Auckland Watercolour Society
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Report from the July meeting
At the July meeting, three new members were welcomed to the Auckland Watercolour Society. They are Pam Lettz, Evelyn Shute and Graham Langford.
As guest speaker and for the critique we were fortunate to have James Lawrence, BFA, MFA, BA in biology. James has been a professional artist and teacher for over 30 years, gaining his Bachelor of Fine Arts in Printmaking in 1973 at the Otis art Institute in California. His paintings are sold in New Zealand and many overseas countries. Through the years, James has been involved with many exhibitions throughout the United States, Europe, Australia, Taiwan and Japan. He was included in California Design 76 and selected for a printmakers exhibit at the Californian Museum of Sciences and Industry. His work has featured in Home Magazine, Californian Printmakers Printz Magazine and Décor Magazine.
For James, the primary aim in producing any work of art is that of involving the viewer. James emphasises the importance of capturing the interest of his audience and arousing their curiosity allowing questions to arise within the viewer. “To achieve this end, I constantly experiment with the subject matter, media and form, because it continually challenges me to further my range of expression. This attitude enables growth to be automatic and leads me into areas that are always new and different and hopefully stimulating and exciting to view."
For his talk James showed 2 abstract designs in acrylic, one finished and another where the beginning foundation had been applied. James demonstrated how he approached the painting of a typical abstract by showing us how he started a canvas with random marks and developed it by considering colour, form and the relationships of shapes in the final composition. To prepare his base, James works in moulding paste, gesso and sand, developing texture and directional movements, which are important in the finished work and change in the light. He uses plastic comb-like structures and metal spatulas to produce the varied textures and sweeping movements. There is no image in his mind when he starts, and the painting develops intuitively. He works on 9 or 10 designs at once. He also showed some finished (or more developed) canvases to conclude a fascinating talk about abstract painting.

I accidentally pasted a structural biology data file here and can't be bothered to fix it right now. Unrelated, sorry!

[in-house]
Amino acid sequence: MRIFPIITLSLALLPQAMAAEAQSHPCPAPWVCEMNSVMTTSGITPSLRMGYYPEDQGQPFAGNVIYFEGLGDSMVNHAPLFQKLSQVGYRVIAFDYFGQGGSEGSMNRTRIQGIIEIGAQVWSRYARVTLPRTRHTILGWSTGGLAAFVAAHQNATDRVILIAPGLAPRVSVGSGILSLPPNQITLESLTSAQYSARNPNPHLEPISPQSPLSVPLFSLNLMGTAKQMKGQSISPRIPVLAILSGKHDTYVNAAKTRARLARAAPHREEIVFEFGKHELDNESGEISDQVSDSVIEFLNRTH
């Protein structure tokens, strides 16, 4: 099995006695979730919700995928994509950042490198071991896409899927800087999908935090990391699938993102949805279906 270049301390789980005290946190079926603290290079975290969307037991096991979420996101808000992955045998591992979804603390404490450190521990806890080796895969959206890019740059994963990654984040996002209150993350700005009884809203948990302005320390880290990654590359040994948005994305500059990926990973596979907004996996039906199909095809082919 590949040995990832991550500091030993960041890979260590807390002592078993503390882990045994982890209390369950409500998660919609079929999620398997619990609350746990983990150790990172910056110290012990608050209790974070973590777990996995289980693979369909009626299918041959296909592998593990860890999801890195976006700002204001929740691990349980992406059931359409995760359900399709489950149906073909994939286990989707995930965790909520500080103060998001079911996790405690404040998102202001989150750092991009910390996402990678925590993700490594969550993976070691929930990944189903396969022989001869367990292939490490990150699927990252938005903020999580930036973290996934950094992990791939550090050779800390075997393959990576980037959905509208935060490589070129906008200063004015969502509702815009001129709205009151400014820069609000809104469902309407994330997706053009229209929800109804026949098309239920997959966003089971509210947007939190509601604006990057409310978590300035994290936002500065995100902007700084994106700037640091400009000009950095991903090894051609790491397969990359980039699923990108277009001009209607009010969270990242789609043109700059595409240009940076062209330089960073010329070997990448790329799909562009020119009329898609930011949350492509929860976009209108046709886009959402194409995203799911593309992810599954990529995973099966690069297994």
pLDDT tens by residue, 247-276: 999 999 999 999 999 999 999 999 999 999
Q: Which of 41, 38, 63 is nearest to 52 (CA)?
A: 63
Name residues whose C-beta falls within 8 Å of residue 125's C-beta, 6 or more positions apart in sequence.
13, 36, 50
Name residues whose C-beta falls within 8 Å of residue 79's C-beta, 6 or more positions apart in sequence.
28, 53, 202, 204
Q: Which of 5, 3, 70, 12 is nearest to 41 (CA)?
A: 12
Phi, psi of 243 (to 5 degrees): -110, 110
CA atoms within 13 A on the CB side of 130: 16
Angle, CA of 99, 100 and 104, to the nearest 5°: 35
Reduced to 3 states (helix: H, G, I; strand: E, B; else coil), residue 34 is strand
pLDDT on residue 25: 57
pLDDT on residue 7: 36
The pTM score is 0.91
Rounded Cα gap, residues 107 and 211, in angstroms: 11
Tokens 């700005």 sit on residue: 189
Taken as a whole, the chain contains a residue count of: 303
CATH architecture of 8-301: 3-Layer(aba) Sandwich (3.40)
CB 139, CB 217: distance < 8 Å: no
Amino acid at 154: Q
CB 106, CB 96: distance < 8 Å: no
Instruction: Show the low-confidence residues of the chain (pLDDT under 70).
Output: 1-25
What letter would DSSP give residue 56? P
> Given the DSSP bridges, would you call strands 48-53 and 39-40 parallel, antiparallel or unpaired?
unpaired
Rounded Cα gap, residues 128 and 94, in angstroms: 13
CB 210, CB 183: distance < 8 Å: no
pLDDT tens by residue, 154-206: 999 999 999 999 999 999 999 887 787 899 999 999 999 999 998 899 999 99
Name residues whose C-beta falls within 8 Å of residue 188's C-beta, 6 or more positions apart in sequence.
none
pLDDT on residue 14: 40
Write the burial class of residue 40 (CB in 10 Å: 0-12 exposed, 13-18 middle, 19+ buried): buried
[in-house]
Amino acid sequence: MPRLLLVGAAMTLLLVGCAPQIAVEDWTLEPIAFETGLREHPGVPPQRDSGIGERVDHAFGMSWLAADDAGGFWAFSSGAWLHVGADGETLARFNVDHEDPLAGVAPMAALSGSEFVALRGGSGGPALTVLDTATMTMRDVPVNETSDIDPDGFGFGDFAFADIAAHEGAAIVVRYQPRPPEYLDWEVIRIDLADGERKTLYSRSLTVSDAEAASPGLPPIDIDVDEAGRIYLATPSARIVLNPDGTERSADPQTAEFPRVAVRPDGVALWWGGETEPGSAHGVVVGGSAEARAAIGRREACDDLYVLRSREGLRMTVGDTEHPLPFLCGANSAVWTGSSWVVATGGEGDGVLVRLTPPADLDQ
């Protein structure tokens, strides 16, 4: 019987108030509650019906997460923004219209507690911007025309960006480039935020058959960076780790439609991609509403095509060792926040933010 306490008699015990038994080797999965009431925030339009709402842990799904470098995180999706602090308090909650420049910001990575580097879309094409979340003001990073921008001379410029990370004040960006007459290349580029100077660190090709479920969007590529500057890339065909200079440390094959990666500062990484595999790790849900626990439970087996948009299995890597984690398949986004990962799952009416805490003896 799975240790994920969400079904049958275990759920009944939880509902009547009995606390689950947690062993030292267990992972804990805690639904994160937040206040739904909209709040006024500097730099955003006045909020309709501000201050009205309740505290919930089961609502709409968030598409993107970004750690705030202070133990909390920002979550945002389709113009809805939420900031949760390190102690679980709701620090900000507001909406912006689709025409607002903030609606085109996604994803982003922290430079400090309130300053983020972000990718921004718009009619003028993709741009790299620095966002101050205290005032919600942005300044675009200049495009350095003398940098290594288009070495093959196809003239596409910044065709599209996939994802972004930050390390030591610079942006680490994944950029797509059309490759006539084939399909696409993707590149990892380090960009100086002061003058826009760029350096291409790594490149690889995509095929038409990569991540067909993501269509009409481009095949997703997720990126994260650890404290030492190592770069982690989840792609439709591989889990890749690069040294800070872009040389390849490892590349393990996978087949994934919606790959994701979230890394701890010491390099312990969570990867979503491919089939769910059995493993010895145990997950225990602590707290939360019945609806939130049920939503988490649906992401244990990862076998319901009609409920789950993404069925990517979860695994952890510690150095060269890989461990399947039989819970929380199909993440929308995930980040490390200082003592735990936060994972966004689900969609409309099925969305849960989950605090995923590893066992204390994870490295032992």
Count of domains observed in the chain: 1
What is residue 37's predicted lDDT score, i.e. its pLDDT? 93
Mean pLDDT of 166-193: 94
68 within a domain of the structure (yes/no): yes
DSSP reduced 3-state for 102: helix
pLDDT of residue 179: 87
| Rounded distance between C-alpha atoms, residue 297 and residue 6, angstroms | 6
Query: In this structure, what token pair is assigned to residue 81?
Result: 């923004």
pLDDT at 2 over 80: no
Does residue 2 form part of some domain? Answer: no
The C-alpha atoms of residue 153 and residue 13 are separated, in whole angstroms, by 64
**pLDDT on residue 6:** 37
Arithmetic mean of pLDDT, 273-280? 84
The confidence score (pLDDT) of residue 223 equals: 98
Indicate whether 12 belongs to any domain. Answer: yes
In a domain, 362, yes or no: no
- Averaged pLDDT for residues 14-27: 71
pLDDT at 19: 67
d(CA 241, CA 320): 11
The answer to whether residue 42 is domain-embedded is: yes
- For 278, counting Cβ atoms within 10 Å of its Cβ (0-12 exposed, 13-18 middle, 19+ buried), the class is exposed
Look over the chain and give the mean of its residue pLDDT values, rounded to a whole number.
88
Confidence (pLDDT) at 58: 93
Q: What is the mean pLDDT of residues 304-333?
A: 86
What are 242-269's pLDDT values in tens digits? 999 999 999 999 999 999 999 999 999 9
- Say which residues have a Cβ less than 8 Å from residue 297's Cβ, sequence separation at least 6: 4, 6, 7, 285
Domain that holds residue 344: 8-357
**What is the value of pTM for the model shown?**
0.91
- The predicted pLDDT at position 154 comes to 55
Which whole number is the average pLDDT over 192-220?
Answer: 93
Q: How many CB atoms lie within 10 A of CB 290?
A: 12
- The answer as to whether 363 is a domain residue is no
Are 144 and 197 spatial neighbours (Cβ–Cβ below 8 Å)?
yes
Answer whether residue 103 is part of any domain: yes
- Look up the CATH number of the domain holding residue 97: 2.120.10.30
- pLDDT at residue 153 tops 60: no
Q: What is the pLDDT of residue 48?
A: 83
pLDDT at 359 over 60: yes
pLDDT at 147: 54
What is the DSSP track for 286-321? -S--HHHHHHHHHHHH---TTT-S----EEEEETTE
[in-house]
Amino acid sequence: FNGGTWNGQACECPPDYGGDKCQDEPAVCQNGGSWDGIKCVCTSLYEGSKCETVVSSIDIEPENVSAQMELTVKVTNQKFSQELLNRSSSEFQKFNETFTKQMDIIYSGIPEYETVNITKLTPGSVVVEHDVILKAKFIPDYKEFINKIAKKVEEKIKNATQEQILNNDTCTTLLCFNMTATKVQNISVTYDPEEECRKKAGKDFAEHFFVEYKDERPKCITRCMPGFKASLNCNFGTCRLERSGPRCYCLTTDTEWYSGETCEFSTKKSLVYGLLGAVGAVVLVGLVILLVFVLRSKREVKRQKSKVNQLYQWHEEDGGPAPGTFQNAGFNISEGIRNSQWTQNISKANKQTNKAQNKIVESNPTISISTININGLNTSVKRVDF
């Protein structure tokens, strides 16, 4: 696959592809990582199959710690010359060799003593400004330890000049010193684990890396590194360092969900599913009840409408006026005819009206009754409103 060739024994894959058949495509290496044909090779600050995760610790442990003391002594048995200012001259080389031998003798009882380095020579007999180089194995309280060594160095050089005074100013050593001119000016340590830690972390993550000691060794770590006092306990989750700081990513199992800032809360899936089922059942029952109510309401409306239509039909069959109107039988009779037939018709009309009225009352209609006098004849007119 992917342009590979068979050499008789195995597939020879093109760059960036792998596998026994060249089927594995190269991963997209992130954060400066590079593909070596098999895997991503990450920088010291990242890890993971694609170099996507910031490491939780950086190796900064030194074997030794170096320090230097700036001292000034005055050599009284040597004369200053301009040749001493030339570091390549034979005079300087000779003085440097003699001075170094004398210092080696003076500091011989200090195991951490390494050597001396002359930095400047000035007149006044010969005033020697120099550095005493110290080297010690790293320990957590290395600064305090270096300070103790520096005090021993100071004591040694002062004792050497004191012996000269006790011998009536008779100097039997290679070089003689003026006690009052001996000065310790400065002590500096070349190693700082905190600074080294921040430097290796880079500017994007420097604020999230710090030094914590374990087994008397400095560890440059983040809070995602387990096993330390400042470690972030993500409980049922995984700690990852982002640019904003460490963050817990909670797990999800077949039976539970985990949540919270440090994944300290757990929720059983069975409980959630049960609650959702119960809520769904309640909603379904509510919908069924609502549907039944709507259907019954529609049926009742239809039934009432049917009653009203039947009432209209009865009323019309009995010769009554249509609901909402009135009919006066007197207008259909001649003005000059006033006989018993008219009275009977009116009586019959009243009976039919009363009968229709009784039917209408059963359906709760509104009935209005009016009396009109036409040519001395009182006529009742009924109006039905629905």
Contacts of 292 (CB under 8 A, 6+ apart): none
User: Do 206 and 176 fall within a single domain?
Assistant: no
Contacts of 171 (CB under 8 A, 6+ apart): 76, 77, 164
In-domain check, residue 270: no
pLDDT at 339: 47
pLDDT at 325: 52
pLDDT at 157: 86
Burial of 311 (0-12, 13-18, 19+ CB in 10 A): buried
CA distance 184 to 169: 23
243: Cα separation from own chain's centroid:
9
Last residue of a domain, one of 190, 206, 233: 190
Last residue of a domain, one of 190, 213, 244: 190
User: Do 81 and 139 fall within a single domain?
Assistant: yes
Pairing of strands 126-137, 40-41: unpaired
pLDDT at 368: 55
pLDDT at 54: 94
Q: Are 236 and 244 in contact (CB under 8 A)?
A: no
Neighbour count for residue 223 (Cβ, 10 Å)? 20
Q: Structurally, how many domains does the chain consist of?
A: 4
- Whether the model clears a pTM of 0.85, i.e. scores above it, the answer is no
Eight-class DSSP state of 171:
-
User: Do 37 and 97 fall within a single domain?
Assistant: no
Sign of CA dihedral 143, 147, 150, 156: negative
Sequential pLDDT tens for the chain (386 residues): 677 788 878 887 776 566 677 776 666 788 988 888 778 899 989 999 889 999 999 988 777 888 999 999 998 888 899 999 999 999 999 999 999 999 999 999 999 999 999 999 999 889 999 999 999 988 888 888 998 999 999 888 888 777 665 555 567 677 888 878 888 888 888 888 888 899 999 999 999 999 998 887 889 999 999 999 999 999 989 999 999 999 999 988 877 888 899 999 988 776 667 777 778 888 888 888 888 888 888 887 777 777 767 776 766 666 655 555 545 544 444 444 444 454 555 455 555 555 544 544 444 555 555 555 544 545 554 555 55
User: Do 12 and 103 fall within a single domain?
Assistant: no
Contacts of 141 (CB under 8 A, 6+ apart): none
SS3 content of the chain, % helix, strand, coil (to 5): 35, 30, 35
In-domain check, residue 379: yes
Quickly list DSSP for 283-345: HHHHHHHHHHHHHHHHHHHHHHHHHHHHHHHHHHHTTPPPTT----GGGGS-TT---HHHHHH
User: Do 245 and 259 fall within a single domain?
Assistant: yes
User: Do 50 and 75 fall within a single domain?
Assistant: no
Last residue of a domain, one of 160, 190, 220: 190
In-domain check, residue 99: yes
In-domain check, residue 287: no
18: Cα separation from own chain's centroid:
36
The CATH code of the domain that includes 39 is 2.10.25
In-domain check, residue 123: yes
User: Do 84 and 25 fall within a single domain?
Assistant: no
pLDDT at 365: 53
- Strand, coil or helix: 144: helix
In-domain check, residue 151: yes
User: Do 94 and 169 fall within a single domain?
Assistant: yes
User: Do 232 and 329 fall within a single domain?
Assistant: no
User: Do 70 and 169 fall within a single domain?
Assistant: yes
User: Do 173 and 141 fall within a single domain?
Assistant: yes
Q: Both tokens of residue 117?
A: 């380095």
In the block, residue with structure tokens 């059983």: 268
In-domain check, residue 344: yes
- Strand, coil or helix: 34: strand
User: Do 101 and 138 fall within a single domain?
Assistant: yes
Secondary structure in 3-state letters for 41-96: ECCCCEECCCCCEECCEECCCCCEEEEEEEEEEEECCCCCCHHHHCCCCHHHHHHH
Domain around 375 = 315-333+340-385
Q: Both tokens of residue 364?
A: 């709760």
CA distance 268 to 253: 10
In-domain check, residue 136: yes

In his critique of our works, he gave many helpful comments and advice on composition, colour, texture, value and the translucent atmospheric, transparent nature of the watercolour medium. James remarked that painting itself was abstract; he opened up a new world for watercolour explorations.
Roy Boston introduced us to the video "Watercolour on Location" by Joseph Zbukvic, fitting to next month's challenge, "Boats in a Marina". The free swish of the brush was remarkable, along with his restrained use of colour.